You see, even though I don’t care about sport, it’s a big thing for a lot of people, and this is a chance for us to host the biggest sporting event in the world, featuring the top athletes at the peak of thier careers gathered together for an amazing event. It’s a big, impressive, and worthwhile thing. Afterall, sport is one of the pillars of our society: the sports and the arts account for the majority of our recreational activity, and have done since Roman times and earlier.

Some of you may see where this is going.

Because the Arts are another pillar of our society, so you have to wonder, what’s the Arts-world equivalent of the Olympics, what’s that big event that brings people of together from all over the world to celebrate it. Well for a start it’s not a moving event, it’s stuck in one place. So we can’t bid to get it over here then? Well actually, it already is. The biggest Arts festival in the world is the Edinburgh Fringe Festival. Sounds like marketing gumpf, you’ve probably heard it a million times, but let it sink in for a second the biggest arts festival in the world – and that’s not even including the Book Festival, Film Festival and International Festival that all overlap it.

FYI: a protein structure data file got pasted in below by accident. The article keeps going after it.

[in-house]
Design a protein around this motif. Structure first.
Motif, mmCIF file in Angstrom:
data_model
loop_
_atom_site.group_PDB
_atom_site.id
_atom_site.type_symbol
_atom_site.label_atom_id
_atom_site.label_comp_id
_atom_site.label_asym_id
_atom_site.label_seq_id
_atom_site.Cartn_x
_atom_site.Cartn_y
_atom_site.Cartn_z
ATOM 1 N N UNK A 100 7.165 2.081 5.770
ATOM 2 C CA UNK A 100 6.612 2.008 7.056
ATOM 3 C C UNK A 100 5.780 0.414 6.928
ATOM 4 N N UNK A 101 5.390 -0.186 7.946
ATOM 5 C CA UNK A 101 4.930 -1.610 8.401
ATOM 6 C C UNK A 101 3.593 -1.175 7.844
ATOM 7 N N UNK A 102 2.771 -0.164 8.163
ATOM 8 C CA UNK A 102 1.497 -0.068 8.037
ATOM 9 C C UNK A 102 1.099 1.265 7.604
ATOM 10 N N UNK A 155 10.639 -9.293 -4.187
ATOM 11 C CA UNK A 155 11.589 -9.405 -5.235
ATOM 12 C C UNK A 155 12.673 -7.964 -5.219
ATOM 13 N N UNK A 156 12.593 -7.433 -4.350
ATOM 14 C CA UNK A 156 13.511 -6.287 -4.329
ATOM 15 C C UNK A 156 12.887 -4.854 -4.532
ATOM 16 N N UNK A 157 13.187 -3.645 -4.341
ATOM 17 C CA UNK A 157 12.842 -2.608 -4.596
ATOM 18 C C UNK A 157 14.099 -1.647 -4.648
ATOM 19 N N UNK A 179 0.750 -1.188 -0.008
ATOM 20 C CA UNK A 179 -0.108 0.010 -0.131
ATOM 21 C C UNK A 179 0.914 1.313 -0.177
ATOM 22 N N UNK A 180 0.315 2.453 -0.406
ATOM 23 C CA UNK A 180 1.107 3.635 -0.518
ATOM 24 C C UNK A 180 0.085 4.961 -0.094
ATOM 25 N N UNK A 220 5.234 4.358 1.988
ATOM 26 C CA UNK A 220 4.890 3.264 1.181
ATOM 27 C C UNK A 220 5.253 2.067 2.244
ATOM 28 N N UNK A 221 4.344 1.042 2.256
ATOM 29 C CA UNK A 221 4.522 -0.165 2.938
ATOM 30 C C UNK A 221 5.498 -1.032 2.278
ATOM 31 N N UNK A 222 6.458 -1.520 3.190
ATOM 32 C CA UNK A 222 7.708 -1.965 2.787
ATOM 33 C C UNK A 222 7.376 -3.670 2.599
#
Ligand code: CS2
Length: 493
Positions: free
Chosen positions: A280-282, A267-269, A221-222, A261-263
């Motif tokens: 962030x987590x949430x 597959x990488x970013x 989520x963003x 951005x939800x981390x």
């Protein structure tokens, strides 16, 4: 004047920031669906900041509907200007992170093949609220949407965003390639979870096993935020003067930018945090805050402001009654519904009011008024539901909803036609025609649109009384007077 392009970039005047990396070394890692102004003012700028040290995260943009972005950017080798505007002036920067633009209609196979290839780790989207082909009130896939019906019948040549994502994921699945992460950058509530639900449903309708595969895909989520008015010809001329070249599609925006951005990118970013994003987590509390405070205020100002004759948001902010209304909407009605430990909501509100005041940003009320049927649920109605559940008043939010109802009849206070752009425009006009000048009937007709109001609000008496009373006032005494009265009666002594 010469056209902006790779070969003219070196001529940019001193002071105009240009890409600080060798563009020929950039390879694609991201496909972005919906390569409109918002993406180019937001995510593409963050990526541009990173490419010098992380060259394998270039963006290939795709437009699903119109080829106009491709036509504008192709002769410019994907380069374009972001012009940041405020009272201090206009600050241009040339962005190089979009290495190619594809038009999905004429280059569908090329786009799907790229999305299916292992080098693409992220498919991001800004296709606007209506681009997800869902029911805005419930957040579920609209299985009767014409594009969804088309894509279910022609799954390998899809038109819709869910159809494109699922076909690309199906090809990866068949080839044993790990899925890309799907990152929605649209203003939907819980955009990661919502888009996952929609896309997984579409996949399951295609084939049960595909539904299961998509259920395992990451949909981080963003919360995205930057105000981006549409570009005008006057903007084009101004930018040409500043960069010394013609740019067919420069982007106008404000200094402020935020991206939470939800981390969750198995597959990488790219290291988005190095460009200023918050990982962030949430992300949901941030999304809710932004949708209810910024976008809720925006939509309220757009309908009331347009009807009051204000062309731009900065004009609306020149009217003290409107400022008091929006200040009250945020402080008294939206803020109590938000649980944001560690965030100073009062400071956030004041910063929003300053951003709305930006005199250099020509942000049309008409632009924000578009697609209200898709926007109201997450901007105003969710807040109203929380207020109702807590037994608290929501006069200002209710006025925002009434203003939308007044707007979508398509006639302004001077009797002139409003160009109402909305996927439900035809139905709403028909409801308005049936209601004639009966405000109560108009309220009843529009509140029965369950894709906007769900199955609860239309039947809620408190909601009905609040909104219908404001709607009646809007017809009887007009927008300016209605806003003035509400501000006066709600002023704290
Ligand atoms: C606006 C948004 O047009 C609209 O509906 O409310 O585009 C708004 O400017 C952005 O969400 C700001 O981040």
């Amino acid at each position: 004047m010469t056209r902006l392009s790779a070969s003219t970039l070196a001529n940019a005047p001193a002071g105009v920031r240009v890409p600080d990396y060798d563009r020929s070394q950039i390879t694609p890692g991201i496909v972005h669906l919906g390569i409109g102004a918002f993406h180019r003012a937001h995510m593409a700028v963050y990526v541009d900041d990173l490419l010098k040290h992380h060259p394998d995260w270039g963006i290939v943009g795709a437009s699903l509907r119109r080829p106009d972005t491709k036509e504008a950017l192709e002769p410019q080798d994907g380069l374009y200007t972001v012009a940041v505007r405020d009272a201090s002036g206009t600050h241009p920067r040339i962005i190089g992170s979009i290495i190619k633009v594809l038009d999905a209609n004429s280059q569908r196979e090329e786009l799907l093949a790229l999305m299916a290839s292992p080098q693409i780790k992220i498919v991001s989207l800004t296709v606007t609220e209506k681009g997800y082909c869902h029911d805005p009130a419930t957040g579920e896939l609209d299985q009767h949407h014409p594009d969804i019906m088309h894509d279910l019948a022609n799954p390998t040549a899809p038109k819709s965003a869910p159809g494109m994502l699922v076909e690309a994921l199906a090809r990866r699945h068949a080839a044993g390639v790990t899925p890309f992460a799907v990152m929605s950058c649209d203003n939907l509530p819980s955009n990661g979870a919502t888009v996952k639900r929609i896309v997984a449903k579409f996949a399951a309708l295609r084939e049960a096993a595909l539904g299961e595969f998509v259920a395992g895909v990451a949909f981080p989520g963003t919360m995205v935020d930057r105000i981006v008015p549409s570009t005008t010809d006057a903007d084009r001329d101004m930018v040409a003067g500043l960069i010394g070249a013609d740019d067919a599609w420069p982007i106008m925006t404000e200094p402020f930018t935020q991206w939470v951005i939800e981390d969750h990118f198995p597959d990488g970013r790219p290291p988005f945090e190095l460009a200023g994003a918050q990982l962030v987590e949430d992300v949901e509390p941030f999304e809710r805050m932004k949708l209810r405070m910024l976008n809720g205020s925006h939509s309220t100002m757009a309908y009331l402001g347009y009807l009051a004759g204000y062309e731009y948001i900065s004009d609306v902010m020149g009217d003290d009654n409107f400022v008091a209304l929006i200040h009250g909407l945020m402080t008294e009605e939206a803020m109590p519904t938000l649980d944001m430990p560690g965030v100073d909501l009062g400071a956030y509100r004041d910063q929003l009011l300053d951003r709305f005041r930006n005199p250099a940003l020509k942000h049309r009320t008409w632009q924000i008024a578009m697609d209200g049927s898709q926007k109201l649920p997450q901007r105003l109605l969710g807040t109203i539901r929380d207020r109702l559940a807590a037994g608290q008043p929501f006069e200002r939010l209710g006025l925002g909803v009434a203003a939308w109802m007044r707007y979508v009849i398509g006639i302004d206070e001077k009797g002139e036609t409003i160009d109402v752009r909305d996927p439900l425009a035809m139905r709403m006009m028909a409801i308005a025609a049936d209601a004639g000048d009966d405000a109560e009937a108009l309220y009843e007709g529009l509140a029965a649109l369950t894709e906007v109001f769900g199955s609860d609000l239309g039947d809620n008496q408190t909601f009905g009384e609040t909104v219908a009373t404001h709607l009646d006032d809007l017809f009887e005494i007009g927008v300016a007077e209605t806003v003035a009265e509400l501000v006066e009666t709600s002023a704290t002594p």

But here’s the problem. Every year, ticket prices for Fringe shows go up. Every year, accommodation costs for people that want to stay there rise, as landlords rent thier properties out for 3-5 times the normal rate. The performers arn’t getting rich either. Most make a loss as the venue charge increasingly higher sums of money to rent increasingly delapidated performance rooms to people wanting to put on a show. Slowly but surely attending the festival, either as a punter or a performer, is being priced out of the range of more and more people every year. Meanwhile the goverment spend nearly half a million quid on an Olympics logo while doing nothing for the Fringe.

The Olympics are costing us 2 billion pounds. And that’s the conservative estimate. Figures of closer to 9 billion are what many are claiming to be the true cost. And for that we get something that will only be used for two weeks ever. Sure, it’ll include redevelopment work that will benefit people in the area and there’ll be a load of new sporting venues that will sit empty until being sold off after the event but still.